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    • By fleissi
      Hey guys!

      I'm new here and I recently started developing my own rendering engine. It's open source, based on OpenGL/DirectX and C++.
      The full source code is hosted on github:

      I would appreciate if people with experience in game development / engine desgin could take a look at my source code. I'm looking for honest, constructive criticism on how to improve the engine.
      I'm currently writing my master's thesis in computer science and in the recent year I've gone through all the basics about graphics programming, learned DirectX and OpenGL, read some articles on Nvidia GPU Gems, read books and integrated some of this stuff step by step into the engine.

      I know about the basics, but I feel like there is some missing link that I didn't get yet to merge all those little pieces together.

      Features I have so far:
      - Dynamic shader generation based on material properties
      - Dynamic sorting of meshes to be renderd based on shader and material
      - Rendering large amounts of static meshes
      - Hierarchical culling (detail + view frustum)
      - Limited support for dynamic (i.e. moving) meshes
      - Normal, Parallax and Relief Mapping implementations
      - Wind animations based on vertex displacement
      - A very basic integration of the Bullet physics engine
      - Procedural Grass generation
      - Some post processing effects (Depth of Field, Light Volumes, Screen Space Reflections, God Rays)
      - Caching mechanisms for textures, shaders, materials and meshes

      Features I would like to have:
      - Global illumination methods
      - Scalable physics
      - Occlusion culling
      - A nice procedural terrain generator
      - Scripting
      - Level Editing
      - Sound system
      - Optimization techniques

      Books I have so far:
      - Real-Time Rendering Third Edition
      - 3D Game Programming with DirectX 11
      - Vulkan Cookbook (not started yet)

      I hope you guys can take a look at my source code and if you're really motivated, feel free to contribute :-)
      There are some videos on youtube that demonstrate some of the features:
      Procedural grass on the GPU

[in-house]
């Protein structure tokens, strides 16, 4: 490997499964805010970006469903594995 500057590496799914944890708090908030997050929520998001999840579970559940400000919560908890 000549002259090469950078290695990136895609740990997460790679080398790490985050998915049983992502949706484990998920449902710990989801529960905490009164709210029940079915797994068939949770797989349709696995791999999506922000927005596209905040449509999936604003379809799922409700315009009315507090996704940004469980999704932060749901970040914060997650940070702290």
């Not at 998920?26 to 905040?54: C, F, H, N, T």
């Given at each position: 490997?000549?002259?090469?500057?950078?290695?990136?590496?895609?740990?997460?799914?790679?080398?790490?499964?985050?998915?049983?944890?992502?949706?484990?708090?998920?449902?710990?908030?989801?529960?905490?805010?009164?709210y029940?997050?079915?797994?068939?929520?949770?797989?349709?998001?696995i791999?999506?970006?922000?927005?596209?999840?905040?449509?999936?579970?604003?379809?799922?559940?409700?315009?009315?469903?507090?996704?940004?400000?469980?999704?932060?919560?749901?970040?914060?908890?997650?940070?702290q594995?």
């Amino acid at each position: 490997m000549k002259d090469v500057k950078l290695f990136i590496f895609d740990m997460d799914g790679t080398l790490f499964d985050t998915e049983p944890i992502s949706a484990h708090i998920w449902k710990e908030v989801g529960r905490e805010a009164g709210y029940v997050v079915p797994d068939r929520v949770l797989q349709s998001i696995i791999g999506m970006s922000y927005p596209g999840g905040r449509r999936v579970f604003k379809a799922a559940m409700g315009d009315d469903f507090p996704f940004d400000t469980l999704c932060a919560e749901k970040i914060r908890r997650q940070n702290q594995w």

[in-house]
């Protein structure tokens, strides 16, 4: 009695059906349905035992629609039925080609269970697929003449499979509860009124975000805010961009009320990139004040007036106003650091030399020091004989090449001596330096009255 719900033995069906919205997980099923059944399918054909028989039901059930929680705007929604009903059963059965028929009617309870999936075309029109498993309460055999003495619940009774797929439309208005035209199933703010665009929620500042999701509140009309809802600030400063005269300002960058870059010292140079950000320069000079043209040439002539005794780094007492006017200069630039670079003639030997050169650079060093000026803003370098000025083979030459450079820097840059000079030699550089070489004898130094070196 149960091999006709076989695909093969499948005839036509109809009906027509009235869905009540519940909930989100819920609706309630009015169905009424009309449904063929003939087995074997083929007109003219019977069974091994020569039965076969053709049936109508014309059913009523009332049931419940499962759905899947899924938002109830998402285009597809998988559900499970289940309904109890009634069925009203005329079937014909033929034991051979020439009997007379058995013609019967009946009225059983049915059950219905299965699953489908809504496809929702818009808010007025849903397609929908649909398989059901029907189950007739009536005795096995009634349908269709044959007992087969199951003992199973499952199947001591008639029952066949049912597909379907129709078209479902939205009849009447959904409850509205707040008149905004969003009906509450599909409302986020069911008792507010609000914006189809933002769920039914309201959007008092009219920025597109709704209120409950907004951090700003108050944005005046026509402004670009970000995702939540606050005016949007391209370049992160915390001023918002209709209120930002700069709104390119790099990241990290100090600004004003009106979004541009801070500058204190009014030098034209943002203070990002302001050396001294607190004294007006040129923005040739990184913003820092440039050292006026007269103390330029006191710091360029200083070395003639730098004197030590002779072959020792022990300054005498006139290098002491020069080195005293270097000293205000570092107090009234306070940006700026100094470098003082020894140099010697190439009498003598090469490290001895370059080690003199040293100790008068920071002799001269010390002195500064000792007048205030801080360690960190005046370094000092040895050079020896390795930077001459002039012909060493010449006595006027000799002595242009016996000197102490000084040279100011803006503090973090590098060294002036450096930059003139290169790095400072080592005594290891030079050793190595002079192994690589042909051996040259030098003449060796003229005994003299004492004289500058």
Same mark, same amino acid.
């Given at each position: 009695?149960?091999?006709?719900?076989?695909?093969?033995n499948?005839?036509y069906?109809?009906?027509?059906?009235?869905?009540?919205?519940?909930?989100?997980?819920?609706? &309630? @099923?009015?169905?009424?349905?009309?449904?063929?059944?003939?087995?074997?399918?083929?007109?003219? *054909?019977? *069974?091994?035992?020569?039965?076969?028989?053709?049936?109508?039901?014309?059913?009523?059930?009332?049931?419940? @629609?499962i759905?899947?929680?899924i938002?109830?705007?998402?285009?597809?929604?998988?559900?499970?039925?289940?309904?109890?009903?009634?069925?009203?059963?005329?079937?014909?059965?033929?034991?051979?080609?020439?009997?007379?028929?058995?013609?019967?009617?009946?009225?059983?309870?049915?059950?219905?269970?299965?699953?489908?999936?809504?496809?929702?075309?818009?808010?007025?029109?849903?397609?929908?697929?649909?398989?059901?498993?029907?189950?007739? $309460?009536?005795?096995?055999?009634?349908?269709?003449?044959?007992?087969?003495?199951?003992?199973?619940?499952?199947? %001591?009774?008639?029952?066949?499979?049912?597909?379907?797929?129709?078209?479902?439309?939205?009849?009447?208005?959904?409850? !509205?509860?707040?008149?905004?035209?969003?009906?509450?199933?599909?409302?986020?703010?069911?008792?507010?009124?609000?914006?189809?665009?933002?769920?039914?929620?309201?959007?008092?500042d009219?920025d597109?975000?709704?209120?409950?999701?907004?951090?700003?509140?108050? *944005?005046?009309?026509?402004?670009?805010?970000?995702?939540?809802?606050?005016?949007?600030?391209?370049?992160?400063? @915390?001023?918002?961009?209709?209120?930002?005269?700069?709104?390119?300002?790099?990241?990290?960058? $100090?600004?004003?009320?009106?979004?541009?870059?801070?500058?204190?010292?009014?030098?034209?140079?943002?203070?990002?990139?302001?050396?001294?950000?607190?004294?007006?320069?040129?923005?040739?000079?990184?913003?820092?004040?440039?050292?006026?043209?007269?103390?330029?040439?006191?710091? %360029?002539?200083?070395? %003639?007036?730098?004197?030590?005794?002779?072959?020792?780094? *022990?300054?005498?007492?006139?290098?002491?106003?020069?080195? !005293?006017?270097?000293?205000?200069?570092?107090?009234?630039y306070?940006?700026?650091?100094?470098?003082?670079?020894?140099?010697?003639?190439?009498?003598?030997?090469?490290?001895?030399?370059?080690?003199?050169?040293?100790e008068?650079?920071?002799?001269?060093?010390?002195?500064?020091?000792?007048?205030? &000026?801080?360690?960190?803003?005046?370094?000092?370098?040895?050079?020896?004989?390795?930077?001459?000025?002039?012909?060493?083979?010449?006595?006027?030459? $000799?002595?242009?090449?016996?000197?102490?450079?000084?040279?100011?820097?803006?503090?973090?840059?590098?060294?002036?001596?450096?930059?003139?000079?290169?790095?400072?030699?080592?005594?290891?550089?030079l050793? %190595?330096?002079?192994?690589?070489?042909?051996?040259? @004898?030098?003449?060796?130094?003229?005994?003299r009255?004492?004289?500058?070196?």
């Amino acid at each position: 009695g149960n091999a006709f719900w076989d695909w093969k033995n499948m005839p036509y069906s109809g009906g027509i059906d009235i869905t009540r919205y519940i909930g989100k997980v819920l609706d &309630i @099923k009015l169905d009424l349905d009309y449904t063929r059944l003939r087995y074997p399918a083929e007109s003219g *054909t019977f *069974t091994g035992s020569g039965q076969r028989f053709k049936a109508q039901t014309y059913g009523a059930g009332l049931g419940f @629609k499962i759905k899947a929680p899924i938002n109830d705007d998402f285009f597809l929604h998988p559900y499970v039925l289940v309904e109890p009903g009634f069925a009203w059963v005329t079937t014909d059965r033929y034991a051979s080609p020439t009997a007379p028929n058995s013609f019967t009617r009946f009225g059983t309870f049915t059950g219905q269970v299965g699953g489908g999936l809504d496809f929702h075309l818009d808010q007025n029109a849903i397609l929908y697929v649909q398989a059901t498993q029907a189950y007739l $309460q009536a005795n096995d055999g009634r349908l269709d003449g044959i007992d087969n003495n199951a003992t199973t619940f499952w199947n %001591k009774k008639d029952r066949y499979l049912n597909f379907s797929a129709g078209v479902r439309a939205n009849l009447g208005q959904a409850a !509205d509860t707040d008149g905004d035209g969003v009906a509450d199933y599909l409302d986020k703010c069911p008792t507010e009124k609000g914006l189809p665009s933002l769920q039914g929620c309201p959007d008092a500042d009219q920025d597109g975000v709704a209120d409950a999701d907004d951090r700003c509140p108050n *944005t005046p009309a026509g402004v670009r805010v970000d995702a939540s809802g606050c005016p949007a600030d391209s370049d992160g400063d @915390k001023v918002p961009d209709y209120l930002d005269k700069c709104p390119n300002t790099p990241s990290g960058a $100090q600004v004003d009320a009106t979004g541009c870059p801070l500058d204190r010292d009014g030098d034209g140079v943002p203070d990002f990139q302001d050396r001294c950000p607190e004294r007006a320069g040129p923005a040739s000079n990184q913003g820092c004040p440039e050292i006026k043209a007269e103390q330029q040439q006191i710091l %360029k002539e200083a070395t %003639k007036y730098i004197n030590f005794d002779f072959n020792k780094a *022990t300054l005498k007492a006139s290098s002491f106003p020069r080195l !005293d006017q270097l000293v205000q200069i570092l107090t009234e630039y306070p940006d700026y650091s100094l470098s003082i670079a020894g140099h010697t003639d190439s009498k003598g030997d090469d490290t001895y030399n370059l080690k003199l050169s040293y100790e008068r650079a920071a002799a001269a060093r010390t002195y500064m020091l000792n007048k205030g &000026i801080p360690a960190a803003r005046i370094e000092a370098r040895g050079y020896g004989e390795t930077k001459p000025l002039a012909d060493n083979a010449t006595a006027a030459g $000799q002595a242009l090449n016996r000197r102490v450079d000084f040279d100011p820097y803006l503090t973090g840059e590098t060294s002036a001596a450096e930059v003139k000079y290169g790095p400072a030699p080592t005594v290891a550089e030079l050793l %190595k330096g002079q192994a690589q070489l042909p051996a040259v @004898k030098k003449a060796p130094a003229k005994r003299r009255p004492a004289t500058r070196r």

Procedural Terrain Engine
      Quadtree detail and view frustum culling

      The long term goal is to turn this into a commercial game engine. I'm aware that this is a very ambitious goal, but I'm sure it's possible if you work hard for it.


    • By tj8146
      I have attached my project in a .zip file if you wish to run it for yourself.
      I am making a simple 2d top-down game and I am trying to run my code to see if my window creation is working and to see if my timer is also working with it. Every time I run it though I get errors. And when I fix those errors, more come, then the same errors keep appearing. I end up just going round in circles.  Is there anyone who could help with this? 
      Errors when I build my code:
      1>Renderer.cpp 1>c:\users\documents\opengl\game\game\renderer.h(15): error C2039: 'string': is not a member of 'std' 1>c:\program files (x86)\windows kits\10\include\10.0.16299.0\ucrt\stddef.h(18): note: see declaration of 'std' 1>c:\users\documents\opengl\game\game\renderer.h(15): error C2061: syntax error: identifier 'string' 1>c:\users\documents\opengl\game\game\renderer.cpp(28): error C2511: 'bool Game::Rendering::initialize(int,int,bool,std::string)': overloaded member function not found in 'Game::Rendering' 1>c:\users\documents\opengl\game\game\renderer.h(9): note: see declaration of 'Game::Rendering' 1>c:\users\documents\opengl\game\game\renderer.cpp(35): error C2597: illegal reference to non-static member 'Game::Rendering::window' 1>c:\users\documents\opengl\game\game\renderer.cpp(36): error C2597: illegal reference to non-static member 'Game::Rendering::window' 1>c:\users\documents\opengl\game\game\renderer.cpp(43): error C2597: illegal reference to non-static member 'Game::Rendering::window' 1>Done building project "Game.vcxproj" -- FAILED. ========== Build: 0 succeeded, 1 failed, 0 up-to-date, 0 skipped ==========